I can tell that some of you monkeys aren’t up to speed on the international mechanized bourgeoi-leisure passion that is Formula One Racing (hereinafter “F1”). Now is as good a time as any for us to move a bit further up the learning curve, so that we all might better comprehend and perhaps even join in on the JR/Bif F1 discussions that occasionally flare up, especially with the 2009 season soon to begin on March 29th in Melbourne.
First of all, we have to understand what F1 is not, namely, NASCAR. Race series such as Sprint Cup that are sanctioned by National Association for Stock Car Auto Racing (NASCAR) are run predominantly on oval tracks, hence, the cliché “drive fast and turn left”. Not to get overly hung up on class issues so early in the discussion, but it might at this point be noted that some significant contingent amongst America’s NASCAR fans proudly refers to itself, or rather its members, as “rednecks”. Perhaps there is some similar subculture that self-promulgates throughout the F1 fan base, but I will leave it to others, such as JR, to elaborate on the social and other implications of being a serious F1 fan. Also, I want someone to talk about the people who follow the F1 series throughout the world, by that I mean actually attending all or at least most of the races in a given season. (This would probably make for some fantastic reality television, if it isn’t already being done.)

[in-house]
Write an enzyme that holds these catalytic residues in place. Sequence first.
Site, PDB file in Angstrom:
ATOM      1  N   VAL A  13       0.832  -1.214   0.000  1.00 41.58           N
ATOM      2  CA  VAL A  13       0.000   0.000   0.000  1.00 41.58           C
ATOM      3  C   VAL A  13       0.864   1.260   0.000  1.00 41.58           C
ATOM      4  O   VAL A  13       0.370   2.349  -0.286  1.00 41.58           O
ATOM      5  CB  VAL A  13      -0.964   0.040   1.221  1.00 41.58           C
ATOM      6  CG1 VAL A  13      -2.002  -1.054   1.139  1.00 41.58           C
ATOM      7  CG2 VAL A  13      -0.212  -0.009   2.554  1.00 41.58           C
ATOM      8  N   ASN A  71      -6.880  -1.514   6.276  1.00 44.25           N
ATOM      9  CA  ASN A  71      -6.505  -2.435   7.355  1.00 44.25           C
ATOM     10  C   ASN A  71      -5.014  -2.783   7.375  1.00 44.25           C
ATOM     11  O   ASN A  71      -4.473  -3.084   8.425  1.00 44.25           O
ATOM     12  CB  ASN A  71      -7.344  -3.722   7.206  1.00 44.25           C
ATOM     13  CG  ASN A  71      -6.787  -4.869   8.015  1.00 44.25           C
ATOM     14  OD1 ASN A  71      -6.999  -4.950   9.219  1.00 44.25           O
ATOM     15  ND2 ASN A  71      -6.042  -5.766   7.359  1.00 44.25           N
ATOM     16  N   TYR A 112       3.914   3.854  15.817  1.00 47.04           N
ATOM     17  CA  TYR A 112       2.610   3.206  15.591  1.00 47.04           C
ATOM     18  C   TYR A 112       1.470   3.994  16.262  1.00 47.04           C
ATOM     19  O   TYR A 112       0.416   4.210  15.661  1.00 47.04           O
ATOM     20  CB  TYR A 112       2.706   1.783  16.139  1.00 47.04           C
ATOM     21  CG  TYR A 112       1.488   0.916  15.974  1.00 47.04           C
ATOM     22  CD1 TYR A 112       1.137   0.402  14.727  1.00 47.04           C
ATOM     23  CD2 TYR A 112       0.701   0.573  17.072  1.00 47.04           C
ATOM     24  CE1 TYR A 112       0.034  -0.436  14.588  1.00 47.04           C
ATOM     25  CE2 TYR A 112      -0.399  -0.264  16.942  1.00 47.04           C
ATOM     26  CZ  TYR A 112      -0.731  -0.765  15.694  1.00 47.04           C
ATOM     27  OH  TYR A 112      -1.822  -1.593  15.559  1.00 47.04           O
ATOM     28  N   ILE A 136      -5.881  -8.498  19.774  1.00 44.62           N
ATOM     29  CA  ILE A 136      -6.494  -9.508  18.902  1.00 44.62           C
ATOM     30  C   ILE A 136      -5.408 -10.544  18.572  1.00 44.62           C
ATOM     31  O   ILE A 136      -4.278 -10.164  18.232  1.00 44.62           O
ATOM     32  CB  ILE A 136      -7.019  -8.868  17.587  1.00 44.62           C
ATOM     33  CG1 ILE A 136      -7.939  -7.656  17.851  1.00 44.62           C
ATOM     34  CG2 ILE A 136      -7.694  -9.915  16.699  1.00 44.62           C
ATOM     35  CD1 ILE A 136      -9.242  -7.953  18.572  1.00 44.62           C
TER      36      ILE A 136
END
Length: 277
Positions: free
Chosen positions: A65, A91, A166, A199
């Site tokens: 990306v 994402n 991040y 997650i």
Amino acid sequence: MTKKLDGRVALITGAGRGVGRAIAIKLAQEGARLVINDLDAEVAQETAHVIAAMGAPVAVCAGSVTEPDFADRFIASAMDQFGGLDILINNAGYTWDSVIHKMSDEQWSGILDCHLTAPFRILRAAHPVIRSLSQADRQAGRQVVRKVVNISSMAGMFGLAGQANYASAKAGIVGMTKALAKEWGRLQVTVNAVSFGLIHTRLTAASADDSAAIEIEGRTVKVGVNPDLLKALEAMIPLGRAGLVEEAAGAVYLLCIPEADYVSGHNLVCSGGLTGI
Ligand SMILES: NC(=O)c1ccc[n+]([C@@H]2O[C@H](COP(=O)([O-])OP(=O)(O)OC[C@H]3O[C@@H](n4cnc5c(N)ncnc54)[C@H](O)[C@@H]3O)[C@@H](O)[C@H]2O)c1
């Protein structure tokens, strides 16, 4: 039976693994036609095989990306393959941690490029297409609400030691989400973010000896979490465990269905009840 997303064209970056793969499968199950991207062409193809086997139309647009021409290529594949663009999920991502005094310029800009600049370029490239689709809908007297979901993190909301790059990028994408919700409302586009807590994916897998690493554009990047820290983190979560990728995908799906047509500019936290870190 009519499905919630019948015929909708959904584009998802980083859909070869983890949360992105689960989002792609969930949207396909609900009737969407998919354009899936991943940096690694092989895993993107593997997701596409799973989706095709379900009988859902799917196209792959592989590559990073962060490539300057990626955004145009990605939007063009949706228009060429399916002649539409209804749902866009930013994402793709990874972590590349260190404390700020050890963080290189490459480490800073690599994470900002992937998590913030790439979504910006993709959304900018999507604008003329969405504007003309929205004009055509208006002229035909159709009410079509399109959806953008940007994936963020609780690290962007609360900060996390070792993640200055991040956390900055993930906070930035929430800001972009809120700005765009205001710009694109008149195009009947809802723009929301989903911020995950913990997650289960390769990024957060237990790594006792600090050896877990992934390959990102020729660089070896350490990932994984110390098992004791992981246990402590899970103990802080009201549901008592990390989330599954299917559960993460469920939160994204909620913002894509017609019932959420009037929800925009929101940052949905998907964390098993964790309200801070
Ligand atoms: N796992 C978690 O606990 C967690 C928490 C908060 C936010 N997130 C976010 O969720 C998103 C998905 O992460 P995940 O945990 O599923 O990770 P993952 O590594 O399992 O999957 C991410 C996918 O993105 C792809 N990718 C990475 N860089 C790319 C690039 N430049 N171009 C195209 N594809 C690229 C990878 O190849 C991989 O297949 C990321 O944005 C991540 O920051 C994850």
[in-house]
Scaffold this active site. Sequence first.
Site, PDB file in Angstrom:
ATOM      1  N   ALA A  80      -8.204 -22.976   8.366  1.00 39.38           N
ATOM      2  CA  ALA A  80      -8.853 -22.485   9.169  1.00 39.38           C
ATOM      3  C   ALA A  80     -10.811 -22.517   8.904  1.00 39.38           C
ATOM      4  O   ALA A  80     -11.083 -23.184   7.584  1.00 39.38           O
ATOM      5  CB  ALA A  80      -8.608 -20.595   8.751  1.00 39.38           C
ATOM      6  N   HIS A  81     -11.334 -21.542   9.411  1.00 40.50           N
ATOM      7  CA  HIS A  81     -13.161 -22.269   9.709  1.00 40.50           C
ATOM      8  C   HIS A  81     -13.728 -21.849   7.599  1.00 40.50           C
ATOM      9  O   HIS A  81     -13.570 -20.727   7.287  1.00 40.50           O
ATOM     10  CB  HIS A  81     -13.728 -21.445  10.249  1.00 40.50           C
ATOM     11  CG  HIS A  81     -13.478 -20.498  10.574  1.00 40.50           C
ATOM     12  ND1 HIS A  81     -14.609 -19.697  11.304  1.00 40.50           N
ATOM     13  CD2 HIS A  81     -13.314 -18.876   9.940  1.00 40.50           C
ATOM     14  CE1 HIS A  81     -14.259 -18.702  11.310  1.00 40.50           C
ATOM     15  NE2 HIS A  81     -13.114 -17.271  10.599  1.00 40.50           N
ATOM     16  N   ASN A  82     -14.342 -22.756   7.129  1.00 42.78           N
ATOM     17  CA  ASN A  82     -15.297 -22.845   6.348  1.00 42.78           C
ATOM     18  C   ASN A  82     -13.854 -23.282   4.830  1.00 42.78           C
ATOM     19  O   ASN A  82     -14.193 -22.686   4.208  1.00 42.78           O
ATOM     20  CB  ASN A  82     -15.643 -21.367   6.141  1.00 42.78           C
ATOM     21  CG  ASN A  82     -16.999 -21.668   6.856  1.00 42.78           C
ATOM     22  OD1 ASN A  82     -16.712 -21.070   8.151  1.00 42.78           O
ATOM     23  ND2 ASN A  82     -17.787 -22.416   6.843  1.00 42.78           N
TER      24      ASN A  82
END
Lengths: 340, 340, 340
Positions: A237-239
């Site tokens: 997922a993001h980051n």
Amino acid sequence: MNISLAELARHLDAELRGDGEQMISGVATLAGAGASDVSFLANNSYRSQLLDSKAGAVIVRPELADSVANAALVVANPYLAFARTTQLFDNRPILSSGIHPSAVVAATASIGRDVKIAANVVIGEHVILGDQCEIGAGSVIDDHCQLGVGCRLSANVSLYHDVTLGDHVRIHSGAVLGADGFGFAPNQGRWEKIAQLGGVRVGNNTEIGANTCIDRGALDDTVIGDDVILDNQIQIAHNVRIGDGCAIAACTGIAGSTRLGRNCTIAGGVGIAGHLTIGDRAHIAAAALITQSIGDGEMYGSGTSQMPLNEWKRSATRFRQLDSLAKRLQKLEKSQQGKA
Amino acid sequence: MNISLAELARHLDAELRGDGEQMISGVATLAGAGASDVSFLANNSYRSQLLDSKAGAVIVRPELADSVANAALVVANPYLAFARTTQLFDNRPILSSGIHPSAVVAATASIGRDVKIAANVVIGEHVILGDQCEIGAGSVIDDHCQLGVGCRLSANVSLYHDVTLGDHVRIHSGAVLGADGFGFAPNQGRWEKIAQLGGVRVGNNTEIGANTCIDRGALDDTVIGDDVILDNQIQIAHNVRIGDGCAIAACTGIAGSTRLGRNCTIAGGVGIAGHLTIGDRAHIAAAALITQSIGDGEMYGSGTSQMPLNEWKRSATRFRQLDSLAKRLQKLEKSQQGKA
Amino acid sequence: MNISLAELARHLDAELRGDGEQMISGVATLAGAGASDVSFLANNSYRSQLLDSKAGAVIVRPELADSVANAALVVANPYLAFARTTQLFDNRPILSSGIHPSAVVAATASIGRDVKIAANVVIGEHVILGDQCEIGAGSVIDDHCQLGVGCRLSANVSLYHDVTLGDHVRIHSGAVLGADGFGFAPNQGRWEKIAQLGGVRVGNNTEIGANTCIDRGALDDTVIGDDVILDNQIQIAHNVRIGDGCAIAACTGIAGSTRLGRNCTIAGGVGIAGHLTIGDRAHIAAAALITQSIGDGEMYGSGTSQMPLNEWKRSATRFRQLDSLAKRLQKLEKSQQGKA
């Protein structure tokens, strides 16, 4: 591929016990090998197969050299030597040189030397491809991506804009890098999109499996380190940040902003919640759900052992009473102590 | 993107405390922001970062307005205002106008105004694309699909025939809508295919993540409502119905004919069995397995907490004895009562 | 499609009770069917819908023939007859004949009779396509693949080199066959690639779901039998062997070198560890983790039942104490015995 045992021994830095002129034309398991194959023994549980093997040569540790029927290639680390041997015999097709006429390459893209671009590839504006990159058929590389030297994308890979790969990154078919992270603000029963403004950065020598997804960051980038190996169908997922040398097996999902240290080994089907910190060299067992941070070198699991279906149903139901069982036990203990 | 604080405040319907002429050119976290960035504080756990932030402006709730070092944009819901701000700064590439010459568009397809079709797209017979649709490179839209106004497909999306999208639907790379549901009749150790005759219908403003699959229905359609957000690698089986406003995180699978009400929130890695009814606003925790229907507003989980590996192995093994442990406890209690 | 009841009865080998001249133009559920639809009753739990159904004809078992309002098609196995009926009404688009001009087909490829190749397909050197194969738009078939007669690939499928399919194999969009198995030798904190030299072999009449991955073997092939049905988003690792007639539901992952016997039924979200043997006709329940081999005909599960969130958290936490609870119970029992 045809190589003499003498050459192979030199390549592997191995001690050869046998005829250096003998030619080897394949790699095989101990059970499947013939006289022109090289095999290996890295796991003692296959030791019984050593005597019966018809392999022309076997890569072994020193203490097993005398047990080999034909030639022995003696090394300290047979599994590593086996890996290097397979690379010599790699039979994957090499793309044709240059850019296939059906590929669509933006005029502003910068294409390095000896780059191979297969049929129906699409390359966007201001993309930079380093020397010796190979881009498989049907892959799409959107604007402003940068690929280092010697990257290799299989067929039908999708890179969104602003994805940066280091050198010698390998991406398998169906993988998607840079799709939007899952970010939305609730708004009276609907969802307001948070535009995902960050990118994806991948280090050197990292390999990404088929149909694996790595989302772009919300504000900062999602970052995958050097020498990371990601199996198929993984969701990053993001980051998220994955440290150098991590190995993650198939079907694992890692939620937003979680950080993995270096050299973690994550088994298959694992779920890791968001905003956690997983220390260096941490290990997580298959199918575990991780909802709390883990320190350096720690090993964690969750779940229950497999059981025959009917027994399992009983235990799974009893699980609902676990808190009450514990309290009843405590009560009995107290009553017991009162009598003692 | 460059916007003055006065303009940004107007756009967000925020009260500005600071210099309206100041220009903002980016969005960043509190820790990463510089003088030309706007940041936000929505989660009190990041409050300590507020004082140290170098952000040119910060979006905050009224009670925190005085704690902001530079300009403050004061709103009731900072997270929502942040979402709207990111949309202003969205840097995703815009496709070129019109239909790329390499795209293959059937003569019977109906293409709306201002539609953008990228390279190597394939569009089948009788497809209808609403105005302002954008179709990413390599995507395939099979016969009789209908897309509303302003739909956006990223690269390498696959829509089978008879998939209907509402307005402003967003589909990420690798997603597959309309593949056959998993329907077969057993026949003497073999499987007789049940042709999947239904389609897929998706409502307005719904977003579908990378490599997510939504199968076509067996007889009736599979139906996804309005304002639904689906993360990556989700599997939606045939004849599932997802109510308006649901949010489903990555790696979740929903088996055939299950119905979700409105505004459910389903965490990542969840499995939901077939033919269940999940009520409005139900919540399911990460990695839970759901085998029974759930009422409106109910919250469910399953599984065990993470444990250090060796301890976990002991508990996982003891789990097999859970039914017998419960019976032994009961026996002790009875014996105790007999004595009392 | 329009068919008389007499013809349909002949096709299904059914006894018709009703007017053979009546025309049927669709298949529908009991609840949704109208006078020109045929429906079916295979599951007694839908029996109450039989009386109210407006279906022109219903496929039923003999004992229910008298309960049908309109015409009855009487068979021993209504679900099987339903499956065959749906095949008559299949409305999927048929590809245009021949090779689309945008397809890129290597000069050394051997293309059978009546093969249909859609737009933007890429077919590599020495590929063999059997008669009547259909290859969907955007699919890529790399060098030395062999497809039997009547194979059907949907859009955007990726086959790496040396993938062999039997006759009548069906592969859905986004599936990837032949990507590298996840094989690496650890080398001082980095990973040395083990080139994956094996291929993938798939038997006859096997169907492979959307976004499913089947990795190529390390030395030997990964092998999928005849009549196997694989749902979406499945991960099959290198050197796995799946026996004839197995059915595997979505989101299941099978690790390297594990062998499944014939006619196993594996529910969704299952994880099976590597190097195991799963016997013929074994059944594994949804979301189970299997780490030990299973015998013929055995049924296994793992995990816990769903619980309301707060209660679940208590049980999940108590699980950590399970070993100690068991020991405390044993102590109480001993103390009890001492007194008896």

As is often the case, a good place to start is the Formula One wikipedia entry, as well as The Official Formula One Website. But for now (and anyone can argue with me on this point if they want to), it is important to appreciate that F1 wants to be perceived as being the premier racing series in the world, i.e., the one that brings together the very best drivers and technology to compete in a precisely regulated event where glamour, international jet-setting, and/or a substantially even playing field can be relied upon and are consistently delivered. What else (other than money and groupies), would compel owners, drivers, pit crews, mechanics, and transportation and other support personnel to travel across multiple continents with multimillion dollar race cars, a giant bin of spare engines and other parts, and an extremely large number of Bridgestone tyres?
Before (or maybe after) I cover the key personalities and highlights of F1 history in a subsequent post, Bif is going to discuss the evolution of F1 technology (engines, suspensions, electronics, tyres, etc.) and how their development has been influenced by F1 regulations and politics and vice versa.
(To be continued…)